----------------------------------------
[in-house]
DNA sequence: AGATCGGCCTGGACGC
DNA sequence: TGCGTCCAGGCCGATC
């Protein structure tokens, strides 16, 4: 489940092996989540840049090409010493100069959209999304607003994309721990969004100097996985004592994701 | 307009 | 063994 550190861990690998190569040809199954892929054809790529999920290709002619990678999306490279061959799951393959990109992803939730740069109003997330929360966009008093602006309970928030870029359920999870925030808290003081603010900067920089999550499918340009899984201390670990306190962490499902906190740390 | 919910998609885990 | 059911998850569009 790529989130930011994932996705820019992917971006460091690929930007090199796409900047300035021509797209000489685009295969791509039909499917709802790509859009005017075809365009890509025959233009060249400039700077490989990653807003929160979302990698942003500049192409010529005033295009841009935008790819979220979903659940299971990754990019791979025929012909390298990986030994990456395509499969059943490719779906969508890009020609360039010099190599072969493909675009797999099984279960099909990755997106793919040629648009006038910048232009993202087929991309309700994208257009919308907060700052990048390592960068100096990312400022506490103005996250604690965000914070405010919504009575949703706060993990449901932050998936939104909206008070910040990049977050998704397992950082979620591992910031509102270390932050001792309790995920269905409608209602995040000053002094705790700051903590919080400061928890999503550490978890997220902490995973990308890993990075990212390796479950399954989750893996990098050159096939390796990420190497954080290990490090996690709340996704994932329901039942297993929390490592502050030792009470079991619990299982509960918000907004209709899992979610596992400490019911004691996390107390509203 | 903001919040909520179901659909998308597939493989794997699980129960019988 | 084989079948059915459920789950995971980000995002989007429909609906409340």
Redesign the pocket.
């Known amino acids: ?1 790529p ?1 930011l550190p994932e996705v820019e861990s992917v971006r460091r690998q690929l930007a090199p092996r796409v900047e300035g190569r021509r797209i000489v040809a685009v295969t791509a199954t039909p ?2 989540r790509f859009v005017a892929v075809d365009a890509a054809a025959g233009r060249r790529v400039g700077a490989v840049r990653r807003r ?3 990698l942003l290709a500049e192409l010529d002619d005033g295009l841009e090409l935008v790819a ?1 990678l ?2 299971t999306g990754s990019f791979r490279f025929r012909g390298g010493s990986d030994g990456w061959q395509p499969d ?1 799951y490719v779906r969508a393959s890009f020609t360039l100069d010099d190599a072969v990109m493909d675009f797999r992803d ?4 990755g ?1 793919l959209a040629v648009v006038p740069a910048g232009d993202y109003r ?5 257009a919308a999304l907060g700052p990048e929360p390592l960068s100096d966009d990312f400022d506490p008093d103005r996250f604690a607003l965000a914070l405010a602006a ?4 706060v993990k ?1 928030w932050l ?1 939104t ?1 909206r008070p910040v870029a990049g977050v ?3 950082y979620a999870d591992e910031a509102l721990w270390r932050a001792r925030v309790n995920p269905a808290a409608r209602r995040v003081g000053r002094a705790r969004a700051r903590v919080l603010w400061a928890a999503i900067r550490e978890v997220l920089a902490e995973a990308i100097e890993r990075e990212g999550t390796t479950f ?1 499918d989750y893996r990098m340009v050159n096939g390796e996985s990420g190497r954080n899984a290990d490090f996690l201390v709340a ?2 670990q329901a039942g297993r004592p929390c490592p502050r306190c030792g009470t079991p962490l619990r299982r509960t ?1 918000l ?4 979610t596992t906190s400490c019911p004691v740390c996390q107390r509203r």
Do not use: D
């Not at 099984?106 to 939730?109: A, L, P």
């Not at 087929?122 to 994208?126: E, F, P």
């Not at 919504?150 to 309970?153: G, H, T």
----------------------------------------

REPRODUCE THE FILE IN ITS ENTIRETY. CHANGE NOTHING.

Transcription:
[in-house]
DNA sequence: AGATCGGCCTGGACGC
DNA sequence: TGCGTCCAGGCCGATC
């Protein structure tokens, strides 16, 4: 489940092996989540840049090409010493100069959209999304607003994309721990969004100097996985004592994701 | 307009 | 063994 550190861990690998190569040809199954892929054809790529999920290709002619990678999306490279061959799951393959990109992803939730740069109003997330929360966009008093602006309970928030870029359920999870925030808290003081603010900067920089999550499918340009899984201390670990306190962490499902906190740390 | 919910998609885990 | 059911998850569009 790529989130930011994932996705820019992917971006460091690929930007090199796409900047300035021509797209000489685009295969791509039909499917709802790509859009005017075809365009890509025959233009060249400039700077490989990653807003929160979302990698942003500049192409010529005033295009841009935008790819979220979903659940299971990754990019791979025929012909390298990986030994990456395509499969059943490719779906969508890009020609360039010099190599072969493909675009797999099984279960099909990755997106793919040629648009006038910048232009993202087929991309309700994208257009919308907060700052990048390592960068100096990312400022506490103005996250604690965000914070405010919504009575949703706060993990449901932050998936939104909206008070910040990049977050998704397992950082979620591992910031509102270390932050001792309790995920269905409608209602995040000053002094705790700051903590919080400061928890999503550490978890997220902490995973990308890993990075990212390796479950399954989750893996990098050159096939390796990420190497954080290990490090996690709340996704994932329901039942297993929390490592502050030792009470079991619990299982509960918000907004209709899992979610596992400490019911004691996390107390509203 | 903001919040909520179901659909998308597939493989794997699980129960019988 | 084989079948059915459920789950995971980000995002989007429909609906409340």
Redesign the pocket.
């Known amino acids: ?1 790529p ?1 930011l550190p994932e996705v820019e861990s992917v971006r460091r690998q690929l930007a090199p092996r796409v900047e300035g190569r021509r797209i000489v040809a685009v295969t791509a199954t039909p ?2 989540r790509f859009v005017a892929v075809d365009a890509a054809a025959g233009r060249r790529v400039g700077a490989v840049r990653r807003r ?3 990698l942003l290709a500049e192409l010529d002619d005033g295009l841009e090409l935008v790819a ?1 990678l ?2 299971t999306g990754s990019f791979r490279f025929r012909g390298g010493s990986d030994g990456w061959q395509p499969d ?1 799951y490719v779906r969508a393959s890009f020609t360039l100069d010099d190599a072969v990109m493909d675009f797999r992803d ?4 990755g ?1 793919l959209a040629v648009v006038p740069a910048g232009d993202y109003r ?5 257009a919308a999304l907060g700052p990048e929360p390592l960068s100096d966009d990312f400022d506490p008093d103005r996250f604690a607003l965000a914070l405010a602006a ?4 706060v993990k ?1 928030w932050l ?1 939104t ?1 909206r008070p910040v870029a990049g977050v ?3 950082y979620a999870d591992e910031a509102l721990w270390r932050a001792r925030v309790n995920p269905a808290a409608r209602r995040v003081g000053r002094a705790r969004a700051r903590v919080l603010w400061a928890a999503i900067r550490e978890v997220l920089a902490e995973a990308i100097e890993r990075e990212g999550t390796t479950f ?1 499918d989750y893996r990098m340009v050159n096939g390796e996985s990420g190497r954080n899984a290990d490090f996690l201390v709340a ?2 670990q329901a039942g297993r004592p929390c490592p502050r306190c030792g009470t079991p962490l619990r299982r509960t ?1 918000l ?4 979610t596992t906190s400490c019911p004691v740390c996390q107390r509203r």
Do not use: D
């Not at 099984?106 to 939730?109: A, L, P």
């Not at 087929?122 to 994208?126: E, F, P």
């Not at 919504?150 to 309970?153: G, H, T």